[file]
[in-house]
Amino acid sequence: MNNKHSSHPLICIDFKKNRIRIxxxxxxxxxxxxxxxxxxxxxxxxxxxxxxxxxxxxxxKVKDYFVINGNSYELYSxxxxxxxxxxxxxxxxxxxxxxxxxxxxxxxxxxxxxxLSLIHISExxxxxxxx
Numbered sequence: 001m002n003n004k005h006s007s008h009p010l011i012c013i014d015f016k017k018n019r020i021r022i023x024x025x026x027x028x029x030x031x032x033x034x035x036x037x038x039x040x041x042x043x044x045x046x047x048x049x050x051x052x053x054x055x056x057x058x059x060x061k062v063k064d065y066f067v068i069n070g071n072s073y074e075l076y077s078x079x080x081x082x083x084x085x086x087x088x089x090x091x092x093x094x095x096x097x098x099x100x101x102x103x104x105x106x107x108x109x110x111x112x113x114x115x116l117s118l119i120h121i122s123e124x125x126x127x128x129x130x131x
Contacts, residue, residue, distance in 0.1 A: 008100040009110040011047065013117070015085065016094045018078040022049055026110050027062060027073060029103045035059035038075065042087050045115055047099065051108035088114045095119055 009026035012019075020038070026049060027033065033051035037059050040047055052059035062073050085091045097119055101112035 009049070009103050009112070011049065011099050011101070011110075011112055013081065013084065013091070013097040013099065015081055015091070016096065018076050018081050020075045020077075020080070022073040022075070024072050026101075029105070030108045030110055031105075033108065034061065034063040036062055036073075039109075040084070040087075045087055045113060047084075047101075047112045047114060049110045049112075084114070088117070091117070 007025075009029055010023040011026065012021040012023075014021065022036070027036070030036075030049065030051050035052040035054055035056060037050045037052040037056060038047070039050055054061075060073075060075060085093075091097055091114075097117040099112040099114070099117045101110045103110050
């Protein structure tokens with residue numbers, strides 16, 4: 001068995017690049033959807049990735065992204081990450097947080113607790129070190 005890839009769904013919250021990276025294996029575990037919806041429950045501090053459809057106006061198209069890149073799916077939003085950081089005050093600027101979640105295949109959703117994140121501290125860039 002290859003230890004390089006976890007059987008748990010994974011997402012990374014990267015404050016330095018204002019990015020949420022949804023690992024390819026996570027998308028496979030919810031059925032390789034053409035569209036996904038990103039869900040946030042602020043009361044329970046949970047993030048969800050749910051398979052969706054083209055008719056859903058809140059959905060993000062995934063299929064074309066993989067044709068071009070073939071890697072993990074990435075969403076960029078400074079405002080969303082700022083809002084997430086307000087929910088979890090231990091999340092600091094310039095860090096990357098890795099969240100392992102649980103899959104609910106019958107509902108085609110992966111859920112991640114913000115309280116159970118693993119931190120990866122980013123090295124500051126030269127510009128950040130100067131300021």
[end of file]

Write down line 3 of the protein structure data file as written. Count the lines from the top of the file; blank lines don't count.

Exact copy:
Numbered sequence: 001m002n003n004k005h006s007s008h009p010l011i012c013i014d015f016k017k018n019r020i021r022i023x024x025x026x027x028x029x030x031x032x033x034x035x036x037x038x039x040x041x042x043x044x045x046x047x048x049x050x051x052x053x054x055x056x057x058x059x060x061k062v063k064d065y066f067v068i069n070g071n072s073y074e075l076y077s078x079x080x081x082x083x084x085x086x087x088x089x090x091x092x093x094x095x096x097x098x099x100x101x102x103x104x105x106x107x108x109x110x111x112x113x114x115x116l117s118l119i120h121i122s123e124x125x126x127x128x129x130x131x